Content marketing works–blogs, newsletters, fresh web content and social media—it positions you as an industry expert and increases your SEO value, helping you show up in search engines. It takes a commitment, with steady, quality posts that inform, enlighten and entertain.
It’s a whole lot easier if you’re a good writer
But let’s face it. Content marketing’s a whole lot easier if you’re a good writer. Can you become a better writer? Absolutely. A good place to start is by paying attention to the writing of your favorite authors and columnists. Think about what makes the message compelling and why you look forward to reading these columns every week. It doesn’t have to be anything scholarly. I’ve become a sports fan over the last few years and I never miss Scott Ostler’s columns. A seasoned expert with a deep respect for sport’s traditions and rituals, he’s also thoughtful, funny, clever and is able to consistently come up with insights that set him apart from many of his colleagues.
Here are 3 tips for becoming a better writer:
- Use as few words as possible to make your point. For most business writing, less is more. Think economy. My time-tested method for getting rid of excess is to draft something one day, then come back and edit it the next. You’ll be amazed at the clarity that 24 hours provides. This does require being proactive; this will not work for those who put everything off until the last minute, but this is the single most effective editing tactic I know.
- Don’t use big words when common, everyday words will work. This is about communication, remember? You’ll turn your readers off with pretentious vocabulary. Write as if you were talking to someone. Your goal is to make your writing accessible.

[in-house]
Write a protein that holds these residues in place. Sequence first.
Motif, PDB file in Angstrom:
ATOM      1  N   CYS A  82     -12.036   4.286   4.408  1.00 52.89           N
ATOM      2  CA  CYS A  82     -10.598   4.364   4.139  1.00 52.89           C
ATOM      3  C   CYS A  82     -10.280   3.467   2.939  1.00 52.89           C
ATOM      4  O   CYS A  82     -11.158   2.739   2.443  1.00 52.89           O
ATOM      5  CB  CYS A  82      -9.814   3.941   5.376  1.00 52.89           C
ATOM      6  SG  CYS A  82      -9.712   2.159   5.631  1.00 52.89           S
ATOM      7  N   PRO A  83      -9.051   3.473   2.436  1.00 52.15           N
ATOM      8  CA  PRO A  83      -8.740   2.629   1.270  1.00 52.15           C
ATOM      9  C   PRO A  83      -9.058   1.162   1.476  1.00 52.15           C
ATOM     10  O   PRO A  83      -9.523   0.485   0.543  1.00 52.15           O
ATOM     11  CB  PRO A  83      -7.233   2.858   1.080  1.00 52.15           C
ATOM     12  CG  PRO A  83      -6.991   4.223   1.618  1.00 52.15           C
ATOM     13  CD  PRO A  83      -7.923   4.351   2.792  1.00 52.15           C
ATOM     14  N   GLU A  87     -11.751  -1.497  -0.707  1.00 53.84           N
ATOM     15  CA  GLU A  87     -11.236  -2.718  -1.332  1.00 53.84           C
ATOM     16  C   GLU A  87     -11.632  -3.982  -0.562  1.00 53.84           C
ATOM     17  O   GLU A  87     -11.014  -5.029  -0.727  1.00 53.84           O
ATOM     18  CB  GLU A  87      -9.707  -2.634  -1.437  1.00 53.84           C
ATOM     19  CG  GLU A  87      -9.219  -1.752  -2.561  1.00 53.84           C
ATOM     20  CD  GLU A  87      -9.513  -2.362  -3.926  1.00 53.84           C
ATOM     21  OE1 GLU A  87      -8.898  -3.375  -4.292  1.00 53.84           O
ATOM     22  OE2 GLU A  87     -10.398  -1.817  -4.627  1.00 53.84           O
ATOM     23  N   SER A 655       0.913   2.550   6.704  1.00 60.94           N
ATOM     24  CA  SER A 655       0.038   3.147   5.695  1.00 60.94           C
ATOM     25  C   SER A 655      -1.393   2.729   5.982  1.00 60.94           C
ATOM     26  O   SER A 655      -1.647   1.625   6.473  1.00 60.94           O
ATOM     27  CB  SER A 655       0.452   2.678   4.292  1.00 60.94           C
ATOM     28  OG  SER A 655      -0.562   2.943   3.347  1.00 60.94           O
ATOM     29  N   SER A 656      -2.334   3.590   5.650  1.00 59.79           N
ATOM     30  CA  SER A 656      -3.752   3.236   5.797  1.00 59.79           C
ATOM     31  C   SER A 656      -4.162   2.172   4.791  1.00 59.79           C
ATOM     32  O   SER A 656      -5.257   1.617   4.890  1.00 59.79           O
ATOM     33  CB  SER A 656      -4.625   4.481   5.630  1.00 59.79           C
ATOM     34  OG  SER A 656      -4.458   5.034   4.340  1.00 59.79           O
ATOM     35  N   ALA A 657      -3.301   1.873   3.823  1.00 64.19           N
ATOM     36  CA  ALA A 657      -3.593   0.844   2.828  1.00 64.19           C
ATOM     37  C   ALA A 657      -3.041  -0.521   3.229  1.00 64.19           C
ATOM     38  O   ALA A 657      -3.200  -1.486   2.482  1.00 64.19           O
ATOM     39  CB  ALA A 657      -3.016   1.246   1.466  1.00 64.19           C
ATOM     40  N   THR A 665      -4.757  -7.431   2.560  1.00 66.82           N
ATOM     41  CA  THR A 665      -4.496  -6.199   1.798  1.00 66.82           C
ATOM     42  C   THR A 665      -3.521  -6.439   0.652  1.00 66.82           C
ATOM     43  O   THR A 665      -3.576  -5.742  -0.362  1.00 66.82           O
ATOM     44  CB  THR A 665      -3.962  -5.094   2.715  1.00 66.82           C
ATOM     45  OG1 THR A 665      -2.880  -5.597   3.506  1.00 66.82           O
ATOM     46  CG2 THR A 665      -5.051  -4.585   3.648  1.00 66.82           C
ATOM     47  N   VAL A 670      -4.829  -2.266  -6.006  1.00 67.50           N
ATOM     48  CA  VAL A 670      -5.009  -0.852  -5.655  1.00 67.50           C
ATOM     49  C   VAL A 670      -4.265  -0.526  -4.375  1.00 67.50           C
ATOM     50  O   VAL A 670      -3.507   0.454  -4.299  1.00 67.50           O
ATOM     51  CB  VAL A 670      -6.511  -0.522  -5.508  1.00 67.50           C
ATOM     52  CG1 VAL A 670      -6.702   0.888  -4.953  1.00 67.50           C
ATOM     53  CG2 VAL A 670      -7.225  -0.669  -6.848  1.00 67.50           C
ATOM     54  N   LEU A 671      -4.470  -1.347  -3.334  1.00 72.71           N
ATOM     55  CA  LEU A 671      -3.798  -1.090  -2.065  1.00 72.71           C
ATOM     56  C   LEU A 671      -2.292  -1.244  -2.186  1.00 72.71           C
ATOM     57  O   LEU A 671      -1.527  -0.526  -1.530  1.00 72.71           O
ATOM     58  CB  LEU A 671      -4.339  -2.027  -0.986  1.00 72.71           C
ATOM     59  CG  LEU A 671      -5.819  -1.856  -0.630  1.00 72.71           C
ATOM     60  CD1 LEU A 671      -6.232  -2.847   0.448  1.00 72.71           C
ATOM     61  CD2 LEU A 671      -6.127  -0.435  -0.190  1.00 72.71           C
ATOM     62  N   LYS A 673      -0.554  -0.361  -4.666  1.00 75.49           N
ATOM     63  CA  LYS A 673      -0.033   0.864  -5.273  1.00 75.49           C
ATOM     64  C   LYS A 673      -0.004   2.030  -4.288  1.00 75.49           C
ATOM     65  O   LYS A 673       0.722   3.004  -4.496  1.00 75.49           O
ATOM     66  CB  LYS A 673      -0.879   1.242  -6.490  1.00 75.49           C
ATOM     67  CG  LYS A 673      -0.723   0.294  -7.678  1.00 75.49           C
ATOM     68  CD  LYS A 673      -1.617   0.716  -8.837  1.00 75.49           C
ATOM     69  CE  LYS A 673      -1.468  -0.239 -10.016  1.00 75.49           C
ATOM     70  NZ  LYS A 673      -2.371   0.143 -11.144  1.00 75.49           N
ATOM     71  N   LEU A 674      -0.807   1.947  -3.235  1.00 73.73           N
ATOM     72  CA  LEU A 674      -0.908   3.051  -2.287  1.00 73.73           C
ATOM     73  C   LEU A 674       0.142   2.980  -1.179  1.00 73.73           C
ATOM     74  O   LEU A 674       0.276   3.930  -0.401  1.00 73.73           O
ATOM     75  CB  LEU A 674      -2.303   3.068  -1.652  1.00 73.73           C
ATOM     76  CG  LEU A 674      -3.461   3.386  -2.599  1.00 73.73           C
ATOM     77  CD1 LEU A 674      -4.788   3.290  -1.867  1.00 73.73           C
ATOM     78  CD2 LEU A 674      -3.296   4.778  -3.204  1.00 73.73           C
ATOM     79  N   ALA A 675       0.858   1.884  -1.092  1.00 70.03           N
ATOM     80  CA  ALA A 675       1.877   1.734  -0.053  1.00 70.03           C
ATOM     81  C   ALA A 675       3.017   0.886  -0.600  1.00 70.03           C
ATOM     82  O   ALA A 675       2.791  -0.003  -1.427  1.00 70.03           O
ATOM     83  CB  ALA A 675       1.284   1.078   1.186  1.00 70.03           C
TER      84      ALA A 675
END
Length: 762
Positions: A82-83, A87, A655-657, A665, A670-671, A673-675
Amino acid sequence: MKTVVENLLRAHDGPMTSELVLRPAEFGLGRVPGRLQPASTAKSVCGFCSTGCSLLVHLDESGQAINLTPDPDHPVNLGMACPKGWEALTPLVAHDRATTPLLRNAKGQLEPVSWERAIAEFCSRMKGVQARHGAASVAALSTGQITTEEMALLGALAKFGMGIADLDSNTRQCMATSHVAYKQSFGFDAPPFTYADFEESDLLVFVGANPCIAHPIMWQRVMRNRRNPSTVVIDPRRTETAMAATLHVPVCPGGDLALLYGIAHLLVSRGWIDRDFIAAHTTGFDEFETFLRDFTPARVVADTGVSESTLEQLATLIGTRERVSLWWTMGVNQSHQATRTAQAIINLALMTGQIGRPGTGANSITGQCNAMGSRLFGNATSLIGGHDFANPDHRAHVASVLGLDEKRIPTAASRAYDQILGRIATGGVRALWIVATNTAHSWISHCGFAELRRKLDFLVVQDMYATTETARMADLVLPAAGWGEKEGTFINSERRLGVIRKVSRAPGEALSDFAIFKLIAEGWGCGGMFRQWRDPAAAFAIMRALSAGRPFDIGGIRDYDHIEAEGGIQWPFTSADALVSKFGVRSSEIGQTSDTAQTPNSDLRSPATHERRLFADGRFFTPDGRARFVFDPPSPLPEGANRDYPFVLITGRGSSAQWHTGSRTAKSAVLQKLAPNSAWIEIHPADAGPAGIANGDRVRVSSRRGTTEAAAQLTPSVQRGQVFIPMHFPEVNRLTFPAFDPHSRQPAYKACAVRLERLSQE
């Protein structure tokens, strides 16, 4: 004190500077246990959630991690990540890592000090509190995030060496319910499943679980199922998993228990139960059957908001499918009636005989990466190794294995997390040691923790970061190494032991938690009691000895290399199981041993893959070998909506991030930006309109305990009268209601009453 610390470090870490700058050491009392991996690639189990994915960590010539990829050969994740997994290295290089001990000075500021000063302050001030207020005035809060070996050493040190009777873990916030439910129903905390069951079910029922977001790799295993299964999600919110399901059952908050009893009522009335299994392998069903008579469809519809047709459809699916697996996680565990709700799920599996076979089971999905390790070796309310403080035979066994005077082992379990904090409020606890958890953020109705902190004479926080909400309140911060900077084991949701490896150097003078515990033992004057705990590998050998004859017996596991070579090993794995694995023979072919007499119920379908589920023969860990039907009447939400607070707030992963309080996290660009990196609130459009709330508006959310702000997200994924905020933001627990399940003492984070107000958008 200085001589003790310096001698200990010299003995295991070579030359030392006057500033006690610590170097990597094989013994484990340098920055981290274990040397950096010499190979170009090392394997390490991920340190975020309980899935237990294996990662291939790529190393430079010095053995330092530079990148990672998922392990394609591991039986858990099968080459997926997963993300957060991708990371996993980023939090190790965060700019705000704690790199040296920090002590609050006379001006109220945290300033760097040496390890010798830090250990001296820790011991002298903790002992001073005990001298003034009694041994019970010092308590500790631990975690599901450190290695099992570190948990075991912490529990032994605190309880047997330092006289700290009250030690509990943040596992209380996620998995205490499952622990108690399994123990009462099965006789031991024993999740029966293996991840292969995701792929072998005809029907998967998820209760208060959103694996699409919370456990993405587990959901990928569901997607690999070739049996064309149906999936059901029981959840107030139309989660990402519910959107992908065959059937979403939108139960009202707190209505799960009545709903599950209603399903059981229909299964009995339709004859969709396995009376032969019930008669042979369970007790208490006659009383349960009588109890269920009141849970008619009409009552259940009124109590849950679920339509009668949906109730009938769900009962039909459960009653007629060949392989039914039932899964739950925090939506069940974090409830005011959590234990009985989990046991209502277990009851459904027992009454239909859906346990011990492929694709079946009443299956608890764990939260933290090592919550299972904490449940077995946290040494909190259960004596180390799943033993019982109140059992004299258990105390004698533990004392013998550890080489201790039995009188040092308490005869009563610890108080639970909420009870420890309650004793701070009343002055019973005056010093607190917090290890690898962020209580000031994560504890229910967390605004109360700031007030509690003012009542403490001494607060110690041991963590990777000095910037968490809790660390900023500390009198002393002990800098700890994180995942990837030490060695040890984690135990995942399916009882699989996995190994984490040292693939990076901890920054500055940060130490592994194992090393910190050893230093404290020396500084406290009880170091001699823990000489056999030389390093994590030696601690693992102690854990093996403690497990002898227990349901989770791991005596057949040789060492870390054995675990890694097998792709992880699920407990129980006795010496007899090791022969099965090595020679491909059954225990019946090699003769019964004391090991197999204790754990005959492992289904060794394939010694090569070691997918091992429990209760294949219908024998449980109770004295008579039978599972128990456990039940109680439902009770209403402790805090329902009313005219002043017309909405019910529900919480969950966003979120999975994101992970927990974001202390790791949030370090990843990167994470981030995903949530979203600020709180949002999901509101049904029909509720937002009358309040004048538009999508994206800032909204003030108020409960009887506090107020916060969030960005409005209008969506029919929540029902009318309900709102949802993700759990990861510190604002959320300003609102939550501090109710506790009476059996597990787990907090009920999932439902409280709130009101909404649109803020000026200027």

- Improve your vocabulary. I just read an article pointing out how overworked the adverb “very” is. Rather than using very + an adjective, select a more descriptive adjective, one that creates a visual for your reader. This chart provides some excellent alternatives to the overworked very/adjective combinations. Rather than saying ‘very capable’, say ‘accomplished’. Rather than ‘very neat’, say ‘immaculate’. These words are common adjectives with which everyone’s familiar, yet they are more descriptive than their antecedents.
Finally, here are two quotes about ‘Very’. I heard the Mark Twain quote years ago and always subconsciously apply this to my own writing.
- Substitute ‘damn’ every time you’re inclined to write ‘very;’ your editor will delete it and the writing will be just as it should be. –Mark Twain
- ‘Very’ is the most useless word in the English language and can always come out. More than useless, it is treacherous because it invariably weakens what it is intended to strengthen. —Florence King